Pursuing a Graduate Law Degree

Michaela Hailbronner is a Professor of Public Law and Human Rights at the University of Giessen. At the time of this interview, she was Humboldt Research Fellow at the Institute for International and Comparative Law in Africa, University of Pretoria. 

Why did you choose to attend YLS?

Because of its strong academic focus and its faculty. After two German law exams, I very much needed a breath of fresh air and an environment to think again.

What might you say to a prospective student considering attending YLS's graduate programs?

I would tell her to only do it if she is open to experiment a little, to look at old things from a new angle or to explore entirely new fields. If that’s the case, then it’s the perfect choice. But it should not be a place where you go just to acquire some additional doctrinal knowledge to then pile onto a problem you’ve encountered in your home jurisdiction. Also, to be heretical just for a moment, New Haven might not be a place you come for the pizza either, but that might just be me.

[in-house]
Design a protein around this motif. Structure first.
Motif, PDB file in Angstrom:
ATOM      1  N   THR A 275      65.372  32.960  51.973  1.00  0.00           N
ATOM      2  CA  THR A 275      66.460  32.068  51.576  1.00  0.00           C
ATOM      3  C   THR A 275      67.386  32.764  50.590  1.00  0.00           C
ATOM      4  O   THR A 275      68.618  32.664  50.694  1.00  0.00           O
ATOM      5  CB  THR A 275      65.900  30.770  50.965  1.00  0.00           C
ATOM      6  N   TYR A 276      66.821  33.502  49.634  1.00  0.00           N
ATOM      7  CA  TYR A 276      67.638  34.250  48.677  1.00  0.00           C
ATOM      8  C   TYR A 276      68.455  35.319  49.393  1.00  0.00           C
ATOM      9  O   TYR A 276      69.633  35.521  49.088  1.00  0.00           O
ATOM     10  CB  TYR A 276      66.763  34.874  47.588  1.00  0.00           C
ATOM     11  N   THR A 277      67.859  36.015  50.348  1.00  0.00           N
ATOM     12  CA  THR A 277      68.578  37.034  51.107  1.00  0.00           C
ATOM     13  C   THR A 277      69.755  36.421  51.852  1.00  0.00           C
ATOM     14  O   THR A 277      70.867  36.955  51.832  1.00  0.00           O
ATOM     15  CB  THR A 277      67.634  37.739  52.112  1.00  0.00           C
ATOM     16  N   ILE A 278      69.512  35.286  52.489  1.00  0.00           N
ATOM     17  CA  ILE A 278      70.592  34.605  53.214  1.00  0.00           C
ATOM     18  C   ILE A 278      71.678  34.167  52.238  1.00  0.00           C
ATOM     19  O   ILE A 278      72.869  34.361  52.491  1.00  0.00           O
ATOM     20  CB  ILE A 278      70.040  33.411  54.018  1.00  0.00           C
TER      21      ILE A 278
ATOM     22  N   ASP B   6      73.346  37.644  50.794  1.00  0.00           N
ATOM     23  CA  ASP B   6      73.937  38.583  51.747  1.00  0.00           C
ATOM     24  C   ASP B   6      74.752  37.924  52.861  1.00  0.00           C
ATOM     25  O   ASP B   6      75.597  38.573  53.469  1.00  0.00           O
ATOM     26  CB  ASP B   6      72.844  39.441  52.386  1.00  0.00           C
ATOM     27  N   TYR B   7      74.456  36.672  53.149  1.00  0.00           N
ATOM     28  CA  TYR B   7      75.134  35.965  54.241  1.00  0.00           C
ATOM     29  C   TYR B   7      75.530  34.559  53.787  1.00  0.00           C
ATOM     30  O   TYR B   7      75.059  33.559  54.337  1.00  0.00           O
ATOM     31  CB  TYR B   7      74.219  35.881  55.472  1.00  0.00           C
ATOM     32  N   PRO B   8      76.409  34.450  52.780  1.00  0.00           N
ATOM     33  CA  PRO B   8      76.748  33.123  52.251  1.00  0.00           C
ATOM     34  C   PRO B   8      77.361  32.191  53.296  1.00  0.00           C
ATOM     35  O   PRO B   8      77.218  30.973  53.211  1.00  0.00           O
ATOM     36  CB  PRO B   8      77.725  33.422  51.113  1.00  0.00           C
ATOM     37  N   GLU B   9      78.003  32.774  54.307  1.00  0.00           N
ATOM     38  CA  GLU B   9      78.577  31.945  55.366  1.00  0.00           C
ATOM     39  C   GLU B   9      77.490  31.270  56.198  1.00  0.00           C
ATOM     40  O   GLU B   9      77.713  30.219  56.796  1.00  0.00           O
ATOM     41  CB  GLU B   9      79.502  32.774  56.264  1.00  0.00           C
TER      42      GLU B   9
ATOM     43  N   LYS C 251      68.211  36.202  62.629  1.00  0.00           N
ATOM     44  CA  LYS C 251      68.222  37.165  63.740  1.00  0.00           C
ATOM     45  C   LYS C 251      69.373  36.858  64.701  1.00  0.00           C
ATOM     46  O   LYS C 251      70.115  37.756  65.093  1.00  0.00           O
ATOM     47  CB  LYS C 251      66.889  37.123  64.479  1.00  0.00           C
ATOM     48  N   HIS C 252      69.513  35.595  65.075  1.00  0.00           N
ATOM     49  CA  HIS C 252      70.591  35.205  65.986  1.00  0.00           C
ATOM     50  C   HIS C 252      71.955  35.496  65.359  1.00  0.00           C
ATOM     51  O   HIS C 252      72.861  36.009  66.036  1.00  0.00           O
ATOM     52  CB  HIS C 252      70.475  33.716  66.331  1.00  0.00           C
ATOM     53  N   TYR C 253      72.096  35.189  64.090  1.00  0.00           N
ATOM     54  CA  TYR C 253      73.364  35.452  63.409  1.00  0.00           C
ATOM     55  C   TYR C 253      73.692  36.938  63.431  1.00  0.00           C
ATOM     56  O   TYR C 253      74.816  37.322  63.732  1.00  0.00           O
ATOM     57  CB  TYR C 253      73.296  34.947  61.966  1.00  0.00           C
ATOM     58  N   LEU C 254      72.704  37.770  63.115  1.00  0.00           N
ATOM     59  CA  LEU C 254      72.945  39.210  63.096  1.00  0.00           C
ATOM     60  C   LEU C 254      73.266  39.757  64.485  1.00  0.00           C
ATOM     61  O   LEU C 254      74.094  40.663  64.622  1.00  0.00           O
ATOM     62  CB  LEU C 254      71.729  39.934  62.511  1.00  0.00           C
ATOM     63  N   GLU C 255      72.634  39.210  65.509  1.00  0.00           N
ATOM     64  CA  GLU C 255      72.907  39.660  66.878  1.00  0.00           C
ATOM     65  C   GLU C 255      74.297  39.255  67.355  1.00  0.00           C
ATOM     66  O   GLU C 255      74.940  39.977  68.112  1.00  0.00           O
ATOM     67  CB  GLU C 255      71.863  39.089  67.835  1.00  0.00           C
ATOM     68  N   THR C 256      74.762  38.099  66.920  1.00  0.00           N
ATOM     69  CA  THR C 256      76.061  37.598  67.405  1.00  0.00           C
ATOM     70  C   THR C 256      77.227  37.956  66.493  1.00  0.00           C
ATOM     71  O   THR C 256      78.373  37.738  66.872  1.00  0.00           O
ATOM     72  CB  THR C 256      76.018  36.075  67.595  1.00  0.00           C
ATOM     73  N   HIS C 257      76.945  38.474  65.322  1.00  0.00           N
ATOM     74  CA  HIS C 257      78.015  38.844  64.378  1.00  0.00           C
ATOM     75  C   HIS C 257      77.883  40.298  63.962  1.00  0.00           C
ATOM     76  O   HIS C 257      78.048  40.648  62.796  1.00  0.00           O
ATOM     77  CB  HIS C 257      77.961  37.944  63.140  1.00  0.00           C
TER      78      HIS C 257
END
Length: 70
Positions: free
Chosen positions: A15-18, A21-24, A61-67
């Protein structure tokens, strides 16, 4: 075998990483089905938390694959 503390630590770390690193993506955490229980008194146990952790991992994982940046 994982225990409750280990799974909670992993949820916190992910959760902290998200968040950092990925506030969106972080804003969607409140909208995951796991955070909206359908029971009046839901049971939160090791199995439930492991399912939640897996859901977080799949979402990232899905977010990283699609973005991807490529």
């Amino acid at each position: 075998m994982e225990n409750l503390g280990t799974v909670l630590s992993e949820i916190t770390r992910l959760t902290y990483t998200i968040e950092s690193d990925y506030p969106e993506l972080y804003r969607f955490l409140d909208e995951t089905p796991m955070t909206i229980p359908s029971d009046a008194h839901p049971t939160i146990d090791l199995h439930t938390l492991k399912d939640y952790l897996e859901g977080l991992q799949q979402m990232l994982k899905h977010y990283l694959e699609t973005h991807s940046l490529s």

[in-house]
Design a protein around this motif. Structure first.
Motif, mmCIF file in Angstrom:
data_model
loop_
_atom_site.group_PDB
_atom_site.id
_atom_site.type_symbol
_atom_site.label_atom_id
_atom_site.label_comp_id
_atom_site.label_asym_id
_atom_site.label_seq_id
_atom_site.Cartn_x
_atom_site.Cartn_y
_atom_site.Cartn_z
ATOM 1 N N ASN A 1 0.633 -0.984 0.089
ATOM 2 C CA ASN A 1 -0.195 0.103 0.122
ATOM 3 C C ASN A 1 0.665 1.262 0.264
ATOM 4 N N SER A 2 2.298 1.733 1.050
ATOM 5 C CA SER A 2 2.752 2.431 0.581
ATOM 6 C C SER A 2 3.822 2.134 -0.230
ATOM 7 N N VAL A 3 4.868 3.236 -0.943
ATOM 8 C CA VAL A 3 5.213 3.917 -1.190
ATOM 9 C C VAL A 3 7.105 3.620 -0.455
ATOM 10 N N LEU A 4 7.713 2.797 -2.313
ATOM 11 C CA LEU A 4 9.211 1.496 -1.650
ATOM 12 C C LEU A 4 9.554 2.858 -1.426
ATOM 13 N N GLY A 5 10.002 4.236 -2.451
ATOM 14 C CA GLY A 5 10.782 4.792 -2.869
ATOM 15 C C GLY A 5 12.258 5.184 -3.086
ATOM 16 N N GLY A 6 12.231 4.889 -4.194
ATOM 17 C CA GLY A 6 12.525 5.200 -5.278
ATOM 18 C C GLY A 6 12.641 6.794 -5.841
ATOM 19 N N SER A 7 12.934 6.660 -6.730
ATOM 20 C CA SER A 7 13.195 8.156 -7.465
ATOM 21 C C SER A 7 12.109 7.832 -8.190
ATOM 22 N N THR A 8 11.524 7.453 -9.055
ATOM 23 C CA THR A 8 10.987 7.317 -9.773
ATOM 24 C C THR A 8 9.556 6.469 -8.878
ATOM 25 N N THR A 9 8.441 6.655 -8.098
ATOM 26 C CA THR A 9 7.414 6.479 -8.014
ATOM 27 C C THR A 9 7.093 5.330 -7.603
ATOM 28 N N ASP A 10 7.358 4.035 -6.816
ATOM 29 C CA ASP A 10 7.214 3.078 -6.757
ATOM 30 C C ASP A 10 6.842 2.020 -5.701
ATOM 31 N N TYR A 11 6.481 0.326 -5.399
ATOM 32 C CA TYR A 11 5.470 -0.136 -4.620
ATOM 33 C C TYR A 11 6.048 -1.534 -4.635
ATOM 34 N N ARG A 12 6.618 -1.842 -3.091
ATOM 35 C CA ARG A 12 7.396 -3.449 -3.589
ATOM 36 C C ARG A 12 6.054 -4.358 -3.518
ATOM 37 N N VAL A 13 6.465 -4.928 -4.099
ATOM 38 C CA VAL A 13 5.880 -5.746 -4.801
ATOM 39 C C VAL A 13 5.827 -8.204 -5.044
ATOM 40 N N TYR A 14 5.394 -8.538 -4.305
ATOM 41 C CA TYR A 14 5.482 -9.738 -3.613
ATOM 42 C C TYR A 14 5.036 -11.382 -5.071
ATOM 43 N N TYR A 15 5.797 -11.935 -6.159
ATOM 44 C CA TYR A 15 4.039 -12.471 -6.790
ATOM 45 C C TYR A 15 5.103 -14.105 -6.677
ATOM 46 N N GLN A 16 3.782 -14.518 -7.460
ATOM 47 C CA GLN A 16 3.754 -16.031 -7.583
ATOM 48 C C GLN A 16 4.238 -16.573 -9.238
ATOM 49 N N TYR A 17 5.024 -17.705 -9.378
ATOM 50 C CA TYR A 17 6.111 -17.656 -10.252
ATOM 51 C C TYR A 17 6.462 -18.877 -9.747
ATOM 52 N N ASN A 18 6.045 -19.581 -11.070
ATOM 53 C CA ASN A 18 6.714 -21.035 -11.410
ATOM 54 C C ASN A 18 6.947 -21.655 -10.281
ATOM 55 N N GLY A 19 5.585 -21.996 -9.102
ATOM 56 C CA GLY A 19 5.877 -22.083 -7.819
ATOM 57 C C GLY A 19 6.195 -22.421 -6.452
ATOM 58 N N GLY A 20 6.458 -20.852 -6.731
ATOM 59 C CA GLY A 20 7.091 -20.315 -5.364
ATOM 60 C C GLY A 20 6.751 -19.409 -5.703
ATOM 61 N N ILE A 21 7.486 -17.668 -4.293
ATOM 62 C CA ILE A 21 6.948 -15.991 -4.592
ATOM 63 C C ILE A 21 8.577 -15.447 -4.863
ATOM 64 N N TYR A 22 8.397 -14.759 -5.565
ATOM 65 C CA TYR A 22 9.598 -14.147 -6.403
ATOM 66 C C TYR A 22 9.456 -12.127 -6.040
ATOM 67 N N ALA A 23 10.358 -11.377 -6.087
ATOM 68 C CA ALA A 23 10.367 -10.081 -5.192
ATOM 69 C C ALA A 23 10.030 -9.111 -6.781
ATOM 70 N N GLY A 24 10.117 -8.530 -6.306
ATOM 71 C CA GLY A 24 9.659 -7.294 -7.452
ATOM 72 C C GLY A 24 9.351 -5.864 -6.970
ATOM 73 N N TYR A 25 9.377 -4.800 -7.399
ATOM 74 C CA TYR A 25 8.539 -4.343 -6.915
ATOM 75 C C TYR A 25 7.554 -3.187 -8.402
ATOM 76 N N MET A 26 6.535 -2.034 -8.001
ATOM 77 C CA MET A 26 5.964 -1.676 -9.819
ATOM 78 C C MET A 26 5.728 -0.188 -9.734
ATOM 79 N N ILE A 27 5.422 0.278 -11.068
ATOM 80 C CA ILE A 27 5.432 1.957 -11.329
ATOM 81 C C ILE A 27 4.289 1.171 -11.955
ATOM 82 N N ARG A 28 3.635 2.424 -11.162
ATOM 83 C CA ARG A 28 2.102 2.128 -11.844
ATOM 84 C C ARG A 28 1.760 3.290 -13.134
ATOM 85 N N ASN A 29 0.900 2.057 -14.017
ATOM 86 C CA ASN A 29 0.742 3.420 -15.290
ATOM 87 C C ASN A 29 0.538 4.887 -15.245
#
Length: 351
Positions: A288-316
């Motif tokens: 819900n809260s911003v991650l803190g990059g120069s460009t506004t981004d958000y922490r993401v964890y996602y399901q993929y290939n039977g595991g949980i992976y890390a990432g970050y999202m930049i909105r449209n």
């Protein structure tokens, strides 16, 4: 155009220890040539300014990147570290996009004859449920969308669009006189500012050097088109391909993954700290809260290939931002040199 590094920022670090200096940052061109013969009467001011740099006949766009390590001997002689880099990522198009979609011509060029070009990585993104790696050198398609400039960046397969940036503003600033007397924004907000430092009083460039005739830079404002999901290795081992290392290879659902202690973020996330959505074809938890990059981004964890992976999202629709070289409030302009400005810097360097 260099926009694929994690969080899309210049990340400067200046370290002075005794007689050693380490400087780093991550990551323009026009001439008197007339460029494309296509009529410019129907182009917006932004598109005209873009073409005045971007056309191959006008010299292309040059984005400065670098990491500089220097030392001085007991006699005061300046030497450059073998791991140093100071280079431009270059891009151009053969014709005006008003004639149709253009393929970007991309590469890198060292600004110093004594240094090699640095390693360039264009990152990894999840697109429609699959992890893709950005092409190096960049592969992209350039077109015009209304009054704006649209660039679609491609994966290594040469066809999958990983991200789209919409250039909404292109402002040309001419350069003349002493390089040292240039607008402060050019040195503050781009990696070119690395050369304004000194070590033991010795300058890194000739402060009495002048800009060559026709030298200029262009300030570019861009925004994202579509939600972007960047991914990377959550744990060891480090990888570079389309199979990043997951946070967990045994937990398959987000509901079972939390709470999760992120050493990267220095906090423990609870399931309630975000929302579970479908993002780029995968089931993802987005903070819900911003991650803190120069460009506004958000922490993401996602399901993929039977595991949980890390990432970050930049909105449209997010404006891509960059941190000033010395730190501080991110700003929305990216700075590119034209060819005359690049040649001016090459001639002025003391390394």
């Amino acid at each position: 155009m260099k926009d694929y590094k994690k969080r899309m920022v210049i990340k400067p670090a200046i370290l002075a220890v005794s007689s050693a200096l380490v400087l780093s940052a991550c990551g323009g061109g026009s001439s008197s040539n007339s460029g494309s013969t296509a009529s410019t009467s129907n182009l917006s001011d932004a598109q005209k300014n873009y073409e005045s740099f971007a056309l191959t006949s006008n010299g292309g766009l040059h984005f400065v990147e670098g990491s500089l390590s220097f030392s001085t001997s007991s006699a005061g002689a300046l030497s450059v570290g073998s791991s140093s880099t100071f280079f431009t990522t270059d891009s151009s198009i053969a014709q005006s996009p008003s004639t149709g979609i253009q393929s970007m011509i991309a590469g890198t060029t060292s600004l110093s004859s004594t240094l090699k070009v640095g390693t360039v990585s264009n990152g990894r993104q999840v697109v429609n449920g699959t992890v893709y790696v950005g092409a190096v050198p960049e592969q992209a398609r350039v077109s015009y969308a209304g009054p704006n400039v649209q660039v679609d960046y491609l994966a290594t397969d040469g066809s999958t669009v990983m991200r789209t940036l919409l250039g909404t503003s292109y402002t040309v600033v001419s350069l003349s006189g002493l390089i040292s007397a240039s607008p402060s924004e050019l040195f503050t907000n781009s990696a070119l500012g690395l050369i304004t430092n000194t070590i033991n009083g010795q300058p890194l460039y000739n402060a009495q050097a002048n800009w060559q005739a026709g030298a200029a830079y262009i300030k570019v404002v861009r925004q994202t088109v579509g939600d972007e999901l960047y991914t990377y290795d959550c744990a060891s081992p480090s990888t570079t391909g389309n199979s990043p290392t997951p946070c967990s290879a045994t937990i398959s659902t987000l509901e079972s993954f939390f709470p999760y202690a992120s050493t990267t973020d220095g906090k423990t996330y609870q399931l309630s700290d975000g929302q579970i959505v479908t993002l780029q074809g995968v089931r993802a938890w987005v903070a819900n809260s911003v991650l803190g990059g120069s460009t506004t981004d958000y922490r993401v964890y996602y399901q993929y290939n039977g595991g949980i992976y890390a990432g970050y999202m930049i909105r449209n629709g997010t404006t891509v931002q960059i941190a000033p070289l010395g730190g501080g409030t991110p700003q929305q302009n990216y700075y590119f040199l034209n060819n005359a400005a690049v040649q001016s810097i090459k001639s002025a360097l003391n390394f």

What is your area of research and interest, and how did you pursue it at YLS?

When I came to Yale I only really knew I wanted to do public law. The different ways in which U.S. lawyers talk about the Supreme Court then made me wonder about my own court, the German Constitutional Court. But trying to understand German constitutionalism better involved learning a lot not just from the US debates, but also from scholars in different fields such as Mirjan Damaška here at Yale who has written a brilliant book on the different models of authority and statehood in different countries, as well as from different disciplines such as history, political science or even psychology. The graduate program was an ideal setting, I found, to explore early versions of ideas among colleagues who would give you excellent critical feedback without being combative.

Which experiences at YLS were most significant and memorable to you?

That’s a tricky question since I also met my now-husband at YLS. … There were many memorable moments: Bruce Ackerman singing in the classroom, a research seminar with Robert Post and Reva Siegel sparring with each other and students, an excursion to Ottawa organized by a Canadian class member, our doctoral conference … and of course, many evenings with friends over drinks.

How did YLS contribute to your intellectual and professional goals and to your work today?

Well, for one, I can’t bring myself to be interested in pure doctrine anymore and that’s quite a big thing for a German lawyer. I now always want to know more about what really drives legal developments. But most importantly, there are now things I want to write on that get me genuinely excited, and you probably can’t hope to take away more than that.